S.P.Q.R.: A History of Ancient Rome

Writing about ancient peoples relies on such scant evidence that it often resembles a feat of interpretation or well-reasoned guesswork rather than a stately reconstruction of events. Thankfully, Mary Beard (Laughter in Ancient Rome) is a master interpreter, and her history of ancient Rome, S.P.Q.R., brilliantly integrates her various talents in a successful search for a more personal, accessible Rome.

Beard has written piecemeal about the classical world for decades and has a well-earned reputation as Britain's greatest living classicist. S.P.Q.R.--an acronym for Senatus Populusque Romanus, or "The Senate and People of Rome"--is, in part, a summation of all those years of research and of a very particular point of view on our modern relationship with the classics. As Beard writes at the conclusion of the book: "I no longer think, as I once naively did, that we have much to learn directly from the Romans.... But I am more and more convinced that we have an enormous amount to learn... by engaging with the history of the Romans."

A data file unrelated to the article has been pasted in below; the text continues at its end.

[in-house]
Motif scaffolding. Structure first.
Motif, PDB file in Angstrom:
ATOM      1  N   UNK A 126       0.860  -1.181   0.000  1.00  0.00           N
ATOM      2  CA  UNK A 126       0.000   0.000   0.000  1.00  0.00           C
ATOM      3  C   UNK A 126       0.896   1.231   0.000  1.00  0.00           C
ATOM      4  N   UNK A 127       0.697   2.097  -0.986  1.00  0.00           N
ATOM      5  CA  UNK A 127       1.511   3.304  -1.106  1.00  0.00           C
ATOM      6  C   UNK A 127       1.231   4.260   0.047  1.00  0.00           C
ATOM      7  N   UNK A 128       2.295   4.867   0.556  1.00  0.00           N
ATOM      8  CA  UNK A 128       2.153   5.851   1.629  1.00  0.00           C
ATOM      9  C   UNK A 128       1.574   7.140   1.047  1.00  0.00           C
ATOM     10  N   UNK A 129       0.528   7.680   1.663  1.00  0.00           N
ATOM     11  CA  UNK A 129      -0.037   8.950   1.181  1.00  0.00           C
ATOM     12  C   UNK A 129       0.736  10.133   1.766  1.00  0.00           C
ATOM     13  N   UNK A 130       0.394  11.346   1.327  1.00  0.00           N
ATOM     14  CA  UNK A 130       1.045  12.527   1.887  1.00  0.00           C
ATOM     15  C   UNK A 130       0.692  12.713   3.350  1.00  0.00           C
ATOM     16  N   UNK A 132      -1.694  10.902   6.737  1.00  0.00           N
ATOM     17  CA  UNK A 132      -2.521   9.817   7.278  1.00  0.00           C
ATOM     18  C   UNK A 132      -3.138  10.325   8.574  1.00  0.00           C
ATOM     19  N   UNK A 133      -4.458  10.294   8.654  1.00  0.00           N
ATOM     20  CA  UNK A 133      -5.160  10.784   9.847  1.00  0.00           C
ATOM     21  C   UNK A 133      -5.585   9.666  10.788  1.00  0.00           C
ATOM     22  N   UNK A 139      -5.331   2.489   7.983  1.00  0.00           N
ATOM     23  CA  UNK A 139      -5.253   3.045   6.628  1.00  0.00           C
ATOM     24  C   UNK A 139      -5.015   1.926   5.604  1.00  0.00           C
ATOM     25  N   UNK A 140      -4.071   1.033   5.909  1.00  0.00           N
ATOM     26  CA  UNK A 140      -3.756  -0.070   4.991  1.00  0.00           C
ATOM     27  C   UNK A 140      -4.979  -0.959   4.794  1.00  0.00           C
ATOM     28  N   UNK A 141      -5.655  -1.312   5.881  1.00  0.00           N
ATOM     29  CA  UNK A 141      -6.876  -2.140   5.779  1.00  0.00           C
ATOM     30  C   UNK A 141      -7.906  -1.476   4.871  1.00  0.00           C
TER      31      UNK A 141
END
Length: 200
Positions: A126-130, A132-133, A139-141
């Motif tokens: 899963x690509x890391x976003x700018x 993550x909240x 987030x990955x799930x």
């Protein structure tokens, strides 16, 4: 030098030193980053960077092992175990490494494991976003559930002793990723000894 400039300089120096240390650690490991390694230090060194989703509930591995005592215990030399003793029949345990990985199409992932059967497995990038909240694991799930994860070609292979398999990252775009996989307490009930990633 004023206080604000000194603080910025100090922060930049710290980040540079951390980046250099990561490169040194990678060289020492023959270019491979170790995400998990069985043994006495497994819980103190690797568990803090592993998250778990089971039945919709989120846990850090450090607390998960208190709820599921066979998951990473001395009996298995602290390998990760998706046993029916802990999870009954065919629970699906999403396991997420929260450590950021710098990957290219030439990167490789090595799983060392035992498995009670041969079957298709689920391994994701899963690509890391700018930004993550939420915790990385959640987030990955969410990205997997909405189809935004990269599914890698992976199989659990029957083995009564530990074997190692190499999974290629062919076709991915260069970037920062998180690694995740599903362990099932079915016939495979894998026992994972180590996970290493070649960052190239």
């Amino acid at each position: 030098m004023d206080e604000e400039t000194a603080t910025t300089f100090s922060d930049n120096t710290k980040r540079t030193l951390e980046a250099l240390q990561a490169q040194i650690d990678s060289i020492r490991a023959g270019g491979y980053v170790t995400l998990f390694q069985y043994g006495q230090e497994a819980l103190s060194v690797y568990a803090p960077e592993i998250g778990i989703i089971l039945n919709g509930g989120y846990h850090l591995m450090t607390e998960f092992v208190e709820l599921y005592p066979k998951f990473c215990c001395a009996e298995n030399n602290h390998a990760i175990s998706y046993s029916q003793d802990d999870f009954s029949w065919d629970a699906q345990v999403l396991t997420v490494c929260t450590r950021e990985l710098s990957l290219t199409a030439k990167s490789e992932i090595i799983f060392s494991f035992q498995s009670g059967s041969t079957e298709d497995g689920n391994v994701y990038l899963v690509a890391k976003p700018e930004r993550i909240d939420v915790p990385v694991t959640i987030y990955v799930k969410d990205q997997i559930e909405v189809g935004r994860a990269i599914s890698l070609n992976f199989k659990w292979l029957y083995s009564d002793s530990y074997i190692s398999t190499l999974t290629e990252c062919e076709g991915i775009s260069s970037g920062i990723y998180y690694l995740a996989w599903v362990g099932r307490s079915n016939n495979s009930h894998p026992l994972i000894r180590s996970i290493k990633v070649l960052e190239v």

With that perspective in mind, Beard uses S.P.Q.R. to correct modern myths about the Romans and to examine carefully ancient myths that the Romans often accepted as historical fact. Beard's skillful exegesis of Rome's strange founding story reveals far more about the Roman character than dry retellings of countless military campaigns, and she characterizes Rome and its various contemporary chroniclers as unreliable narrators who reveal just as much as they obscure with their self-serving exaggerations, propaganda and outright lies. Beard recasts hoary old Romans as dynamic people and ancient history as a continuing conversation with distant, yet familiar, participants. --Hank Stephenson, bookseller, Flyleaf Books

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